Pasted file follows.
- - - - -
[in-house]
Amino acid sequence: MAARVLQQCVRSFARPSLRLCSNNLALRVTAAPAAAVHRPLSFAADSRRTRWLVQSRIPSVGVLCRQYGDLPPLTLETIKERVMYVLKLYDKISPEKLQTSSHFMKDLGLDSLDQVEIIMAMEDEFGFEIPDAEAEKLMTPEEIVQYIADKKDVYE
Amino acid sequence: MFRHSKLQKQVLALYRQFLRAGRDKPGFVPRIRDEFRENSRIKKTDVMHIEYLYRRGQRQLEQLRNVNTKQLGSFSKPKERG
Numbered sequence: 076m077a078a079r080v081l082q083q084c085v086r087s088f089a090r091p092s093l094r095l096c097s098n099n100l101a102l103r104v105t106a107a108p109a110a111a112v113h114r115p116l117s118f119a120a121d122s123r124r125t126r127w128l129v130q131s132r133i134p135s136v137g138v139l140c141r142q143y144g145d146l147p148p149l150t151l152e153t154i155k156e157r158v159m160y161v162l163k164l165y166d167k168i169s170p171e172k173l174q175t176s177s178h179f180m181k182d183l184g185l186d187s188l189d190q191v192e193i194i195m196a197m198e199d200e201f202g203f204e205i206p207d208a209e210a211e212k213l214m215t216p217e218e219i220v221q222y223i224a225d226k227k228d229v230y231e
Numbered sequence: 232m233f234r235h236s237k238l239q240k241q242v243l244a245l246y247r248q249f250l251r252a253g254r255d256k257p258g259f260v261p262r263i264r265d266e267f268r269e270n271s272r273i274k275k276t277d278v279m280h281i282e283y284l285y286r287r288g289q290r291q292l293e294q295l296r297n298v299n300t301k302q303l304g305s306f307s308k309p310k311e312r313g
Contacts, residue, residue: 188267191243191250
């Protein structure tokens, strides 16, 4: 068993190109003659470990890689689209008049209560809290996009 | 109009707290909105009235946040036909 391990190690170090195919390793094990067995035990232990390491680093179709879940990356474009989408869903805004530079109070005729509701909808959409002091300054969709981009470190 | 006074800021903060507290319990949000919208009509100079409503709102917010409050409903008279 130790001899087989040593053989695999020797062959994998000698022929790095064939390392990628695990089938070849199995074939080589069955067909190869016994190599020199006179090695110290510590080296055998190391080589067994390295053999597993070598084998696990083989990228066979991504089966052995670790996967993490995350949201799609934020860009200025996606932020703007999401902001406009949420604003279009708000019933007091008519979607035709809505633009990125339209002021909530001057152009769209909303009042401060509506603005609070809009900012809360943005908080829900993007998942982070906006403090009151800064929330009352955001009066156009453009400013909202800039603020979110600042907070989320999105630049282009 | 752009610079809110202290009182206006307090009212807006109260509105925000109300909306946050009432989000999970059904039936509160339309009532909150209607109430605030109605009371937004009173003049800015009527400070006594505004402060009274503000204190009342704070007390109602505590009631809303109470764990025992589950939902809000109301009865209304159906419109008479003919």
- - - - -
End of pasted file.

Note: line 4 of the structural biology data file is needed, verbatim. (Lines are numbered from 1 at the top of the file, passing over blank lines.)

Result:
Numbered sequence: 076m077a078a079r080v081l082q083q084c085v086r087s088f089a090r091p092s093l094r095l096c097s098n099n100l101a102l103r104v105t106a107a108p109a110a111a112v113h114r115p116l117s118f119a120a121d122s123r124r125t126r127w128l129v130q131s132r133i134p135s136v137g138v139l140c141r142q143y144g145d146l147p148p149l150t151l152e153t154i155k156e157r158v159m160y161v162l163k164l165y166d167k168i169s170p171e172k173l174q175t176s177s178h179f180m181k182d183l184g185l186d187s188l189d190q191v192e193i194i195m196a197m198e199d200e201f202g203f204e205i206p207d208a209e210a211e212k213l214m215t216p217e218e219i220v221q222y223i224a225d226k227k228d229v230y231e